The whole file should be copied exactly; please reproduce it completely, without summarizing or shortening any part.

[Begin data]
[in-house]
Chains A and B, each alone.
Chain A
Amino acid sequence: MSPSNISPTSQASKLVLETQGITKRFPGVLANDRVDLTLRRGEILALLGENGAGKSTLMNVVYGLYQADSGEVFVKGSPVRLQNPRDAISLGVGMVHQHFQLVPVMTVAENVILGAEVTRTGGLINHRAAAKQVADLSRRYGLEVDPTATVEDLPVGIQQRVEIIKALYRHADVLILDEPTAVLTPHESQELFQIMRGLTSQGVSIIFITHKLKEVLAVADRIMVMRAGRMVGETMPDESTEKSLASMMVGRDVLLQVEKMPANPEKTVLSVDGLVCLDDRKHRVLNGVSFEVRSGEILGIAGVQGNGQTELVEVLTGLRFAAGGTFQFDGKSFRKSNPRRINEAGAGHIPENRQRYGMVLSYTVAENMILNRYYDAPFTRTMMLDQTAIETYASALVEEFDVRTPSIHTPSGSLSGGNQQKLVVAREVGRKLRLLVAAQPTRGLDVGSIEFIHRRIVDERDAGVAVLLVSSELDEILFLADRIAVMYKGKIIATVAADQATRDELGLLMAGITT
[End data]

[in-house]
Chains A and B, each alone.
Chain A
Amino acid sequence: MSPSNISPTSQASKLVLETQGITKRFPGVLANDRVDLTLRRGEILALLGENGAGKSTLMNVVYGLYQADSGEVFVKGSPVRLQNPRDAISLGVGMVHQHFQLVPVMTVAENVILGAEVTRTGGLINHRAAAKQVADLSRRYGLEVDPTATVEDLPVGIQQRVEIIKALYRHADVLILDEPTAVLTPHESQELFQIMRGLTSQGVSIIFITHKLKEVLAVADRIMVMRAGRMVGETMPDESTEKSLASMMVGRDVLLQVEKMPANPEKTVLSVDGLVCLDDRKHRVLNGVSFEVRSGEILGIAGVQGNGQTELVEVLTGLRFAAGGTFQFDGKSFRKSNPRRINEAGAGHIPENRQRYGMVLSYTVAENMILNRYYDAPFTRTMMLDQTAIETYASALVEEFDVRTPSIHTPSGSLSGGNQQKLVVAREVGRKLRLLVAAQPTRGLDVGSIEFIHRRIVDERDAGVAVLLVSSELDEILFLADRIAVMYKGKIIATVAADQATRDELGLLMAGITT